HC Deb 14 November 1963 vol 684 cc474-86

Motion made, and Question proposed, That this House do now adjourn.—[Mr. F. Pearson.]

10.4 p.m.

Mr. Speaker

Dr. Jeremy Bray.

Captain L. P. S. Orr (Down, South)

On a point of order, Mr. Speaker. I am sorry to intervene before the hon.Member for Middlesbrough, West (Dr. Bray) has started his speech. The hon. Member originally chose as his subject the question of the Economic Council for Northern Ireland. This was clearly out of order, because there was no Ministerial responsibility here and the matter was within the competence of the Parliament of Northern Ireland.

I should like to know whether, under the heading that he is now proposing to address us, it will be possible for him to raise this matter. If he is permitted so to do, I should like to know whether hon. Members representing Northern Irish constituencies will have an opportunity to speak.

Mr. Speaker

The opportunity that the hon. and gallant Member for Down, South (Captain Orr) or any other hon. Member has will depend upon the concession allowed by the Minister who is to reply. At the moment, all I have done is to call Dr. Jeremy Bray, who has the Adjournment.

10.5 p.m.

Dr. Jeremy Bray (Middlesbrough, West)

I hope to give adequate time to hon. Members from Northern Ireland to participate in the debate and I understand the Joint Under-Secretary of State for the Home Department is also agreeable to allow time for all who wish to speak to say something.

Mr. Speaker, I sought your permission to raise the question of economic assistance to Northern Ireland, today of all days, to show the deep feeling and sympathy which we in the North-East—I am a Member for a North-East constituency—have for our fellows in Northern Ireland who suffer from the same difficulties as we do. Unless, in the regions which face difficulties, we all stand together in putting our case to the Government, we are very much weakened. I believe that we do not damage the cause of Northern Ireland by pleading the cause of the North-East and we do not damage the cause of the North-East by pleading the cause of Northern Ireland.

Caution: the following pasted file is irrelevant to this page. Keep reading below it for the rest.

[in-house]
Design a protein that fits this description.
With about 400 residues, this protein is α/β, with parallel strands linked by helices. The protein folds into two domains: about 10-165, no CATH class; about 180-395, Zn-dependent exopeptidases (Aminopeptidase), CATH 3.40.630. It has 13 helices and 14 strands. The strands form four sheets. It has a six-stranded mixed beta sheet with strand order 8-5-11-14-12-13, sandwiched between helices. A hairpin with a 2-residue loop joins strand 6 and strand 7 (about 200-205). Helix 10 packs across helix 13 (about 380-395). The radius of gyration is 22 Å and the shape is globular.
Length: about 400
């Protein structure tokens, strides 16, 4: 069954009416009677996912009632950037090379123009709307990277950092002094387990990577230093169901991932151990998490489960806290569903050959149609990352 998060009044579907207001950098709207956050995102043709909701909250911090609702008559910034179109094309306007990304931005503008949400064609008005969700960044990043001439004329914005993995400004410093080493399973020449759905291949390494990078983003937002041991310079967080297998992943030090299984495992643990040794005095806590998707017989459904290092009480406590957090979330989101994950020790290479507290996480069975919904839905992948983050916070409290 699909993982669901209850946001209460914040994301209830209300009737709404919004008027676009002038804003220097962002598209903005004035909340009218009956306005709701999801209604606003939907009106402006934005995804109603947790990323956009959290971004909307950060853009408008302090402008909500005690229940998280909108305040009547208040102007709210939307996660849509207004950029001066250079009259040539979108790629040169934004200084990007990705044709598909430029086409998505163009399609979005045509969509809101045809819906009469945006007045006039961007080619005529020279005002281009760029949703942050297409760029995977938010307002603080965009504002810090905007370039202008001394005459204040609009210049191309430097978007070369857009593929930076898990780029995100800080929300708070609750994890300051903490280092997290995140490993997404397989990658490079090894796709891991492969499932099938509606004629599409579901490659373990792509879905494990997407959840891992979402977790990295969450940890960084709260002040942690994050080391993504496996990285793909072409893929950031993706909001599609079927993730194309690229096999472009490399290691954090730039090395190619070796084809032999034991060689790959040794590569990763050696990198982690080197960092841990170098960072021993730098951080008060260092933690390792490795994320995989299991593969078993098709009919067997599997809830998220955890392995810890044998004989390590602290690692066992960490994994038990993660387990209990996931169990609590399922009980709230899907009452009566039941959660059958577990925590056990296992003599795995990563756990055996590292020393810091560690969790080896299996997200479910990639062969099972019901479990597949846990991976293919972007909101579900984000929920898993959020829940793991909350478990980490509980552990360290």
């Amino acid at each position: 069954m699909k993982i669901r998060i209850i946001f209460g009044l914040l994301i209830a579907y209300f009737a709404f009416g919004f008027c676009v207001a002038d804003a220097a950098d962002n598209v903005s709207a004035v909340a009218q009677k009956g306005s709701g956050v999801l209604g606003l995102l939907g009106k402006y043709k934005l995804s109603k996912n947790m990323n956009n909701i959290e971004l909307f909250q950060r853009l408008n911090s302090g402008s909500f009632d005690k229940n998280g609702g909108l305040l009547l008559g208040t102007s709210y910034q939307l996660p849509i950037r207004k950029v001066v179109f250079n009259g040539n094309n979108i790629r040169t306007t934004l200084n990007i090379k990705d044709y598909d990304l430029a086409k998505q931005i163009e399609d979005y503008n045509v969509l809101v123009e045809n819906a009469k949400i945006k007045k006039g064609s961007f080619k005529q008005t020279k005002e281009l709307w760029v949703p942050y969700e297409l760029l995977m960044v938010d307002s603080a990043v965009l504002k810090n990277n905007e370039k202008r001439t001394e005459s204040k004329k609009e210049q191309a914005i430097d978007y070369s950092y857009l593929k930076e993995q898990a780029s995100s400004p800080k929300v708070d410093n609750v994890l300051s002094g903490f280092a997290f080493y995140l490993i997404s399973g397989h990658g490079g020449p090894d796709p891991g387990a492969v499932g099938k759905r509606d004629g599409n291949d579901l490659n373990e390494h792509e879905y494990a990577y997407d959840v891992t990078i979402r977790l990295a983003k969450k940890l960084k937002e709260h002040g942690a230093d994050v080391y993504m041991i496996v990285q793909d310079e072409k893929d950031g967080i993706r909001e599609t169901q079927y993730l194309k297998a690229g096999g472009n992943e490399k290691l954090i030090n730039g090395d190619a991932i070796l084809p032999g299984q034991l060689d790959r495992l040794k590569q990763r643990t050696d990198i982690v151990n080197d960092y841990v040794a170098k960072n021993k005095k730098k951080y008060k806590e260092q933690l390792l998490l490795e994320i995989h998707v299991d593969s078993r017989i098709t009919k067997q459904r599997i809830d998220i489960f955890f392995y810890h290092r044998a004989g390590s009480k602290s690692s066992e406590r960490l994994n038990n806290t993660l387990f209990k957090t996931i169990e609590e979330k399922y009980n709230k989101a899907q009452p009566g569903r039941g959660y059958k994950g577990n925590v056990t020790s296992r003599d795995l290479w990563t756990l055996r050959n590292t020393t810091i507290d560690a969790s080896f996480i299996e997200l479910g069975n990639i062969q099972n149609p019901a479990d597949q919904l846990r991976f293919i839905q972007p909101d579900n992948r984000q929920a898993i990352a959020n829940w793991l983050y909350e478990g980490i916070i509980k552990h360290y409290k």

I should like to ask the Government this question. What is the significance to Northern Ireland of the appointment of the Secretary for Industry and Trade? This is presented to us as a great new departure in the outlook and organisation of the Government. Clearly, it has implications for Northern Ireland. We should like to know what they are. I understand that the Secretary of State has already seen the Northern Ireland Minister of Commerce and is to visit Northern Ireland shortly. Perhaps this will lead to a brightening up of the economic planning and co-operation between the Westminster Government and the Northern Ireland Government, which certainly needs a great deal of attention. The policies of the Westminster Government are projected with a lurid lucidity on to the Northern Ireland scene and it is stimulating to an Englishman to see the reductio ad absurdum of the outlook of hon. Members opposite. First, there is the most unhappy business to which the hon. and gallant Member for Down, South (Captain Orr) has already referred—the build-up and the breakdown of the Northern Ireland Economic Council. The trade unions bent over backwards to meet every requirement of the Northern Ireland Government, only to have their proposals brushed aside on a misunderstanding of the status of—

Mr. Deputy-Speaker (Sir Robert Grimston)

The hon. Gentleman is now getting on to a subject which is outside the responsibility of Her Majesty's Government. He is, therefore, out of order.

Dr. Bray

I accept your Ruling, Mr. Deputy-Speaker.

There are many other aspects which lie well within the responsibility of the Westminster Government. There has been yet another in the succession of overseas economists asked to rub two sticks together and produce an economic plan in six months, without any indication of the provision of resources which will be needed from Westminster for the development of Northern Ireland. I wonder what is wrong with Ulster economists, anyway. Do they know too much, perhaps, or is their point of view unacceptable to the Government?